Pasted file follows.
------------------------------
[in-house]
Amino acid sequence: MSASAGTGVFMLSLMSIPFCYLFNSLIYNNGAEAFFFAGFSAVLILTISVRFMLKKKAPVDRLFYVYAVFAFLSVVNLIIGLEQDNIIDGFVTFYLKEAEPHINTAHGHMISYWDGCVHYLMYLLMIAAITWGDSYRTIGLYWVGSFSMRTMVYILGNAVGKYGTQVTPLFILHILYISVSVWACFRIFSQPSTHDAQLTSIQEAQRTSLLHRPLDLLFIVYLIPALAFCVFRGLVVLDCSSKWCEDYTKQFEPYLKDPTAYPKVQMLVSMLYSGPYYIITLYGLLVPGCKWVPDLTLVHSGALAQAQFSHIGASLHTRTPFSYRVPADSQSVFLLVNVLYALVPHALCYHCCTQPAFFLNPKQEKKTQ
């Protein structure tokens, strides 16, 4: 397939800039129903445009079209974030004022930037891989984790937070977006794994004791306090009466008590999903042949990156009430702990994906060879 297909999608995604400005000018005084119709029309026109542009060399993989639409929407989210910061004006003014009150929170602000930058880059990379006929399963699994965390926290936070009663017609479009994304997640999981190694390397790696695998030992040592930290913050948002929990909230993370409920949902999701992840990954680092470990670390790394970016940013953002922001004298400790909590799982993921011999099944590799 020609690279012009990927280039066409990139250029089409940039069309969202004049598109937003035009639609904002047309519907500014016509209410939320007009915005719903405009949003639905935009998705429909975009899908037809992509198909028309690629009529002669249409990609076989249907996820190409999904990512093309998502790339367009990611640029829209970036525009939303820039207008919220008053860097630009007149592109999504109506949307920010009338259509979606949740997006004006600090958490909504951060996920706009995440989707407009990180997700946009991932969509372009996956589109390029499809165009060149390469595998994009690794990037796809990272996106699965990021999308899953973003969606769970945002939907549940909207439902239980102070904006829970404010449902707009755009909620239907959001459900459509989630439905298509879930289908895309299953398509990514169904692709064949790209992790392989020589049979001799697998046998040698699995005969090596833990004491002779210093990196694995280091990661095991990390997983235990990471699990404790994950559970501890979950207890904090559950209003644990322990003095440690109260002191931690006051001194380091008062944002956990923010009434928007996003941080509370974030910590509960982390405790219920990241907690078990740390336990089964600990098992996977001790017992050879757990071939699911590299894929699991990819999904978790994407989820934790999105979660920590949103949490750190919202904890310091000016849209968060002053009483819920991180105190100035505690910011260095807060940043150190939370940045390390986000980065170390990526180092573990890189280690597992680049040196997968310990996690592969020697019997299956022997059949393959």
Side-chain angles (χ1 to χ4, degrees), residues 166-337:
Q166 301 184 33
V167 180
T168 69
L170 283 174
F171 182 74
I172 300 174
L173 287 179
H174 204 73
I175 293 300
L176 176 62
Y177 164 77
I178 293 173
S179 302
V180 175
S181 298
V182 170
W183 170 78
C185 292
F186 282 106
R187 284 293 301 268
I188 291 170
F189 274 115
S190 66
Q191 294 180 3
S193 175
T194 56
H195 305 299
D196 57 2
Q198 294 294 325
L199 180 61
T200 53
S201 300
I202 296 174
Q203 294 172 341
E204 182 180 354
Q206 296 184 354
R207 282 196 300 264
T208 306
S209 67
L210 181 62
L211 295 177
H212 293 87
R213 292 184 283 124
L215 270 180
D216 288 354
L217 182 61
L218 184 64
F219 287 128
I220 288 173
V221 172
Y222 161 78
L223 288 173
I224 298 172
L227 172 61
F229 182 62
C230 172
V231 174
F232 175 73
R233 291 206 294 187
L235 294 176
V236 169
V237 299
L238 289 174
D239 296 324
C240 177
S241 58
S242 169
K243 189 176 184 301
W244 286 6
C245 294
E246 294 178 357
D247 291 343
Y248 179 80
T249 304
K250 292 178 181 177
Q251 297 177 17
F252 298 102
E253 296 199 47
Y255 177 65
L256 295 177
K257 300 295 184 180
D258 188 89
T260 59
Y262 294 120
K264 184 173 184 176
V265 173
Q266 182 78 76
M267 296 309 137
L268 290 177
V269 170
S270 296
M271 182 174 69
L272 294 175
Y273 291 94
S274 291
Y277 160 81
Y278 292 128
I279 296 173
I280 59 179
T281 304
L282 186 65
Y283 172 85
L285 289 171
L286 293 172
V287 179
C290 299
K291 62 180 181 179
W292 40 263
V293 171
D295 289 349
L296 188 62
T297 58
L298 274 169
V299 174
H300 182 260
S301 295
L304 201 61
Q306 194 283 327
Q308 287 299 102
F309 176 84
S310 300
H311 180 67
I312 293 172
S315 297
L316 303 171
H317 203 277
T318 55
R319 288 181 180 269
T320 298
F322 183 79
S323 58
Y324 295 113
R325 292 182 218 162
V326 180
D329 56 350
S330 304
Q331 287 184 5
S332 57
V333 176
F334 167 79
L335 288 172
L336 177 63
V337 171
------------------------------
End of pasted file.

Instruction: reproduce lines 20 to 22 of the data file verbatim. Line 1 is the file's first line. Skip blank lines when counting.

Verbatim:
V182 170
W183 170 78
C185 292